Searchers look for bodies in Cal­i­for­nia’s ru­ins



Search-and-res­cue teams, some with ca­daver dogs, started look­ing for bodies Thurs­day in parts of Cal­i­for­nia wine coun­try dev­as­tated by wild­fires, au­thor­i­ties said, sound­ing a warn­ing that more dead were al­most sure to emerge from the charred ru­ins.

At least 24 peo­ple have died and at least 3,500 homes and busi­nesses have been de­stroyed by the blazes, which were well on their way to be­com­ing the dead­li­est and most de­struc­tive in Cal­i­for­nia his­tory.

Sonoma County Sher­iff Robert Gior­dano said of­fi­cials were still in­ves­ti­gat­ing hun­dreds of re­ports of miss­ing peo­ple and that re­cov­ery teams would soon be­gin con­duct­ing “tar­geted searches” for spe­cific res­i­dents at their last known ad­dresses.

“We have found bodies al­most com­pletely in­tact, and we have found bodies that were noth­ing more than ash and bones,” the sher­iff said.

Some re­mains have been iden­ti­fied us­ing med­i­cal de­vices that turned up in the scorched heaps that were once homes.

“There have been IDs in this case, in a pile of ash and bone, where there was a piece of metal left from some­body’s surgery, like a hip re­place­ment, with an ID num­ber that helped us iden­tify the per­son,” he said.

Winds up to 45 mph (72 kmh) were ex­pected Thurs­day in ar­eas north of San Fran­cisco. Those con­di­tions could erase mod­est gains made by fire­fight­ers.

“It’s go­ing to con­tinue to get worse be­fore it gets bet­ter,” state Fire Chief Ken Pim­lott said Wed­nes­day.

The fe­ro­cious fires that started Sun­day lev­elled en­tire neigh­bour­hoods in parts of Sonoma and Napa coun­ties. In an­tic­i­pa­tion of the next round of flames, en­tire cities evac­u­ated, leav­ing their streets empty, with the only mo­tion com­ing from ashes fall­ing like snowflakes.

Tens of thou­sands of peo­ple have been driven from their homes by the flames. A few left be­hind cook­ies for fire­fight­ers and signs read­ing, “Please save our home!”

In Cal­is­toga, a his­toric re­sort town known for wine tast­ings and hot springs, 5,300 peo­ple were un­der evac­u­a­tion or­ders.

The 22 fires, many out of con­trol, spanned more than 265 square miles (686 square kilo­me­tres) as the in­ferno en­tered its fourth day. Strate­gic at­tacks that have curbed de­struc­tion and death tolls in re­cent years have not worked against the fe­roc­ity of the blazes.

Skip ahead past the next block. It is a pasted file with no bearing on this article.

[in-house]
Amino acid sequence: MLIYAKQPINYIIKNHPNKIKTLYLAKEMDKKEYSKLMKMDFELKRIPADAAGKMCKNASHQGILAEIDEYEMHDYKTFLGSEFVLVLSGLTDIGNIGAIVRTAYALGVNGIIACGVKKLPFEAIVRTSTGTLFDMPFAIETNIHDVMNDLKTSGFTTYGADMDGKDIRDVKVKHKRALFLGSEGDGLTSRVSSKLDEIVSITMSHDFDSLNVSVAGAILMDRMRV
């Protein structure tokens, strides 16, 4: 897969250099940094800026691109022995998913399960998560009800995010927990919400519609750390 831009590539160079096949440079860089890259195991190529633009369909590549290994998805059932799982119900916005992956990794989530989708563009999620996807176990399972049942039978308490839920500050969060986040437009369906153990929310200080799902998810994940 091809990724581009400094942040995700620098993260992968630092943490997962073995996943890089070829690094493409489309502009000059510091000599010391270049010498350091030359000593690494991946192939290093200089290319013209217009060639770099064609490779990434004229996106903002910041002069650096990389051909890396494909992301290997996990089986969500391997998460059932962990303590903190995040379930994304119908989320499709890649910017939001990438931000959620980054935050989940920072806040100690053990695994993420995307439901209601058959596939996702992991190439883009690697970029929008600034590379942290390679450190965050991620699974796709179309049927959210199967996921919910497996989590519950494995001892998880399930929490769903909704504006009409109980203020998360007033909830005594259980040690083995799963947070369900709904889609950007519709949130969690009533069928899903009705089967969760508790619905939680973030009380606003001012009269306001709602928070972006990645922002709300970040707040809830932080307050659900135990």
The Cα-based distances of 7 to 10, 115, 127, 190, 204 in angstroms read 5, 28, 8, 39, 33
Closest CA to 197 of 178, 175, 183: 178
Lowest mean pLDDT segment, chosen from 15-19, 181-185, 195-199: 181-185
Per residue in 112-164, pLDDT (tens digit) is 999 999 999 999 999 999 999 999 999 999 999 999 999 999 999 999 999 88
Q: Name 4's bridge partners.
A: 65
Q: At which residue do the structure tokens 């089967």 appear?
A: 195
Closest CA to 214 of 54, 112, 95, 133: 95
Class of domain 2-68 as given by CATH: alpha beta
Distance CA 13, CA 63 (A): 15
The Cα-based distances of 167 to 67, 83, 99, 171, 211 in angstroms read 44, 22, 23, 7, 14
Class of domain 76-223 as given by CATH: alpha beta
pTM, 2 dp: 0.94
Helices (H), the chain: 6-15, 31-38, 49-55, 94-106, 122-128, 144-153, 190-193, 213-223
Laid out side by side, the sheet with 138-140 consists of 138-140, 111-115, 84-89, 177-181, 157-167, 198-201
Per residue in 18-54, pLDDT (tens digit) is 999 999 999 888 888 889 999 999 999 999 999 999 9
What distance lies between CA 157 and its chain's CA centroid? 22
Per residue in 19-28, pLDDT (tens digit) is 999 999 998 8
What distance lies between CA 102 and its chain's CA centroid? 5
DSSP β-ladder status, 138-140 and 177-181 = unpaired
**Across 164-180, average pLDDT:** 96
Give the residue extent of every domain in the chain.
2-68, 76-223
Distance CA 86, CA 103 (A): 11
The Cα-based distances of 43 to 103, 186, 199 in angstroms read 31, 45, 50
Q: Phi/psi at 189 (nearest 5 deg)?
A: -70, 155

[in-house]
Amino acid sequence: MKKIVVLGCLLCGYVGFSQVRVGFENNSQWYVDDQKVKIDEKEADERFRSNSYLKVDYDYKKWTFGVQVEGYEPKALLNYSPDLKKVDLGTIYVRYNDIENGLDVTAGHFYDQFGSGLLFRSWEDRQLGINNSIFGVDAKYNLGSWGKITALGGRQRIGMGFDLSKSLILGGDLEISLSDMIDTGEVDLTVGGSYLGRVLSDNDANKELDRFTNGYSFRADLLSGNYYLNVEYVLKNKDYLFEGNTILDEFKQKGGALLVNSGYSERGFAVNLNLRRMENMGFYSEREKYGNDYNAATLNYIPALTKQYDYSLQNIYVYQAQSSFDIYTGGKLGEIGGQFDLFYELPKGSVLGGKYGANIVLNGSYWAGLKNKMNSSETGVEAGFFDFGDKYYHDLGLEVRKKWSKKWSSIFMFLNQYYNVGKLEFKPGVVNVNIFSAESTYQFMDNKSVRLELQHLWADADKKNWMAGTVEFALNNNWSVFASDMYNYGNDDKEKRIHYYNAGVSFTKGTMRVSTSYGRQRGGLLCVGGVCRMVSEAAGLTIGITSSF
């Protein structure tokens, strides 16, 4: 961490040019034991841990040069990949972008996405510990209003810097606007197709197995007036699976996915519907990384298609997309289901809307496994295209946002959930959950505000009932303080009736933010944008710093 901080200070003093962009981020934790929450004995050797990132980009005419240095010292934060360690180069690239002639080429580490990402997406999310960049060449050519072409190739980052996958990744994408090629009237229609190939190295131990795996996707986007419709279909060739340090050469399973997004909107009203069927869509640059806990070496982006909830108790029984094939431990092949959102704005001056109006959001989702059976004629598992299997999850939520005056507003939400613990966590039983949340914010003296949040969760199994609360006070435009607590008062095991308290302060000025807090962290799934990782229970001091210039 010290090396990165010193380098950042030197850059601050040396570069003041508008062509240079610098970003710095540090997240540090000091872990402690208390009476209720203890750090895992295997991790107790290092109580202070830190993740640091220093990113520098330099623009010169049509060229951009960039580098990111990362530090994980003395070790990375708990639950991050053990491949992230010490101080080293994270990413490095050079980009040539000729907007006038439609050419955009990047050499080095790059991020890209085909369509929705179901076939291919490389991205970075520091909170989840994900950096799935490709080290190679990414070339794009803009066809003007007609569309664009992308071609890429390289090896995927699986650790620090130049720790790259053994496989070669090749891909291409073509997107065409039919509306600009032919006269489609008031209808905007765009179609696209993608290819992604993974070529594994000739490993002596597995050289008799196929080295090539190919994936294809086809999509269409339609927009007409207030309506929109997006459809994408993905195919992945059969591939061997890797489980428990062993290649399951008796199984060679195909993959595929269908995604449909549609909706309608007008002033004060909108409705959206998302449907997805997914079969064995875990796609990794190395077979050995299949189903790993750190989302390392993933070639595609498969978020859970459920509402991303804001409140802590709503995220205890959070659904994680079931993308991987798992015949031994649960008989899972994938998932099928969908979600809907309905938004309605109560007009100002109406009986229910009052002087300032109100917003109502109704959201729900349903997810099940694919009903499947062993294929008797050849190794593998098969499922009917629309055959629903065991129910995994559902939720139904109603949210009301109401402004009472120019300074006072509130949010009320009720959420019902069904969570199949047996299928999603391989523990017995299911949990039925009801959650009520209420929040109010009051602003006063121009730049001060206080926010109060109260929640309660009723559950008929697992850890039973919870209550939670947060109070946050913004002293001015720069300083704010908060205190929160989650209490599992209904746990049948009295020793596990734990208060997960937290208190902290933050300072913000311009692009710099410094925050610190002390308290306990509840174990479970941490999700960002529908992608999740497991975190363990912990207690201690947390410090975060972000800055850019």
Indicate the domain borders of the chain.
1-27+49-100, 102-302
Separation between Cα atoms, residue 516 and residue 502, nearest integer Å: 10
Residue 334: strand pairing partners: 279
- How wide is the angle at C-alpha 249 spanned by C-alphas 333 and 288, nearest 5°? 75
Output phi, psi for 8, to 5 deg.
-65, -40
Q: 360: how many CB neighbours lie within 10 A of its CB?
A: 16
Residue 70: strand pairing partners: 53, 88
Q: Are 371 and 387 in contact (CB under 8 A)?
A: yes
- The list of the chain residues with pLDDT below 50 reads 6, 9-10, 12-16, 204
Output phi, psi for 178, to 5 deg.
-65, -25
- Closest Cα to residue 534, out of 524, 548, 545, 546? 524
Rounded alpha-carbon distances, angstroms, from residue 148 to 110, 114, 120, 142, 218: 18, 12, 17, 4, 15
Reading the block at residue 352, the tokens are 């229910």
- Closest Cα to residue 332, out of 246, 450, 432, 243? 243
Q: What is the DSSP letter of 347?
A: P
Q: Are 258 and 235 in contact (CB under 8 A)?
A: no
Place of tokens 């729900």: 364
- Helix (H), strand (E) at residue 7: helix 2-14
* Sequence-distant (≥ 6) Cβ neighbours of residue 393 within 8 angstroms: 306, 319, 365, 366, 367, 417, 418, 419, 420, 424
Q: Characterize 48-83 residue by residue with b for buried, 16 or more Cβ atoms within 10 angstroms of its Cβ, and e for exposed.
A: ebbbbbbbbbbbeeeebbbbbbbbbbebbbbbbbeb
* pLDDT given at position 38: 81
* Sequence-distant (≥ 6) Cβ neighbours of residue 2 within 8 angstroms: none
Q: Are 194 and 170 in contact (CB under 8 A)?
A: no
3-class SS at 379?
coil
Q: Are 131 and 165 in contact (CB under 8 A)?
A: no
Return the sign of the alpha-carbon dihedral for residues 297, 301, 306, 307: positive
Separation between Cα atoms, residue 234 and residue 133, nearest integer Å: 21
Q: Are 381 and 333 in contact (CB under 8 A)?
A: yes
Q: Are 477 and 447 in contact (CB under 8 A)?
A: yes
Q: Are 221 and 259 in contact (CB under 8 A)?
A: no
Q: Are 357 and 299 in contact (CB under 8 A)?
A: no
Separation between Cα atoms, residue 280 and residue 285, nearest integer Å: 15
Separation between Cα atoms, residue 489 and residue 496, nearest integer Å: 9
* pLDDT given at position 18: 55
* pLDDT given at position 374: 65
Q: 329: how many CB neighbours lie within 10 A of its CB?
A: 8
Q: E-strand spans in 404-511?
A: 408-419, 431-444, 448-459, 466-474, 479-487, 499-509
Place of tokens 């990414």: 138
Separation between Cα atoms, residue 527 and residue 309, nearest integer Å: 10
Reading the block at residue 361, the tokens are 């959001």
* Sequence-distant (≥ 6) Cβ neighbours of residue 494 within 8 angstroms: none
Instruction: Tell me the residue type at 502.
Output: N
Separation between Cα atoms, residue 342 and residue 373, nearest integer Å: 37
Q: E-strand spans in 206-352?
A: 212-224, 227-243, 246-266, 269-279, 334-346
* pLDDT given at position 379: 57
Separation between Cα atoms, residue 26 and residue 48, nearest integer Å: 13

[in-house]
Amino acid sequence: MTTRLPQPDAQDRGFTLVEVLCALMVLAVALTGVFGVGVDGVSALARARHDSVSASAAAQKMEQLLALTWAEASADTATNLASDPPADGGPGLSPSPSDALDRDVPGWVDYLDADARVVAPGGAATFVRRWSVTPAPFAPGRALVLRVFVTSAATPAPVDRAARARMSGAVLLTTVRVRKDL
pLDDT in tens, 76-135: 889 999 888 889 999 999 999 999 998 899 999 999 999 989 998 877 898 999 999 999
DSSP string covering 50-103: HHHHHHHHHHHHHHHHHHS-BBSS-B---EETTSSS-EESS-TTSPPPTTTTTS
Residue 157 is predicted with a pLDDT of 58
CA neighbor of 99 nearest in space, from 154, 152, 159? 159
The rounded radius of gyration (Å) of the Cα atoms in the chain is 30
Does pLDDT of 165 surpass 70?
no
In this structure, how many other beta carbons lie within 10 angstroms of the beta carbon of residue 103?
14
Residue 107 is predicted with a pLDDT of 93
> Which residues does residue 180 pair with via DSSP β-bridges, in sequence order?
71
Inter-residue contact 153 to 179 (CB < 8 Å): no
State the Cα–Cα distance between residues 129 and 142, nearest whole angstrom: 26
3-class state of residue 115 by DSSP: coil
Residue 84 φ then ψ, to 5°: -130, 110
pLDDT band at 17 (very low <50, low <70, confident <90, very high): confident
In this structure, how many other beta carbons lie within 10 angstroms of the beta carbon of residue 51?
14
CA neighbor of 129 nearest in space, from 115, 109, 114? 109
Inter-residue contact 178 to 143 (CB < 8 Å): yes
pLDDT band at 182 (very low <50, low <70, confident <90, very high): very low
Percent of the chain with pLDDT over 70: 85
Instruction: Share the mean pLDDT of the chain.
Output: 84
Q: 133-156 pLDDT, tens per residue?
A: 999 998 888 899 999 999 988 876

Of­fi­cials were con­cerned that the many sep­a­rate blazes would merge into larger in­fer­nos.

“We are lit­er­ally look­ing at ex­plo­sive veg­e­ta­tion,” Pim­lott said.

“Make no mis­take,” he added later, “this is a se­ri­ous, crit­i­cal, cat­a­strophic event.”

Of­fi­cials say fire crews have some progress on the dead­li­est fire in Sonoma County, bring­ing con­tain­ment to 10 per cent.

The ash rained down on Sonoma Val­ley, cover­ing wind­shields, as winds picked up. Count­less emer­gency ve­hi­cles hur­ried to­ward the flames, sirens blar­ing, as evac­uees sped away af­ter jam­ming posses­sions into their cars and filling their gas tanks.

Of­fi­cials said 8,000 fire­fight­ers and other per­son­nel were bat­tling the blazes, with more re­sources pour­ing in from Ari­zona, Ne­vada, Wash­ing­ton and Ore­gon.

He­li­copters and air tankers as­sisted thou­sands of fire­fight­ers who were try­ing to beat back the flames. Un­til now, the ef­forts have fo­cused on “life safety” rather than ex­tin­guish­ing the blazes, partly be­cause the flames were shift­ing with winds and tar­get­ing com­mu­ni­ties with­out warn­ing.

Fires were “burn­ing faster than fire­fight­ers can run, in some sit­u­a­tions,” Emer­gency Op­er­a­tions Di­rec­tor Mark Ghi­lar­ducci said.

As­so­ci­ated Press photo

An ex­te­rior win­dow frames a home de­stroyed by fires in Santa Rosa, Calif., Thurs­day. Gust­ing winds and dry air fore­cast for Thurs­day could drive the next wave of dev­as­tat­ing wild­fires that are al­ready well on their way to be­com­ing the dead­li­est and...

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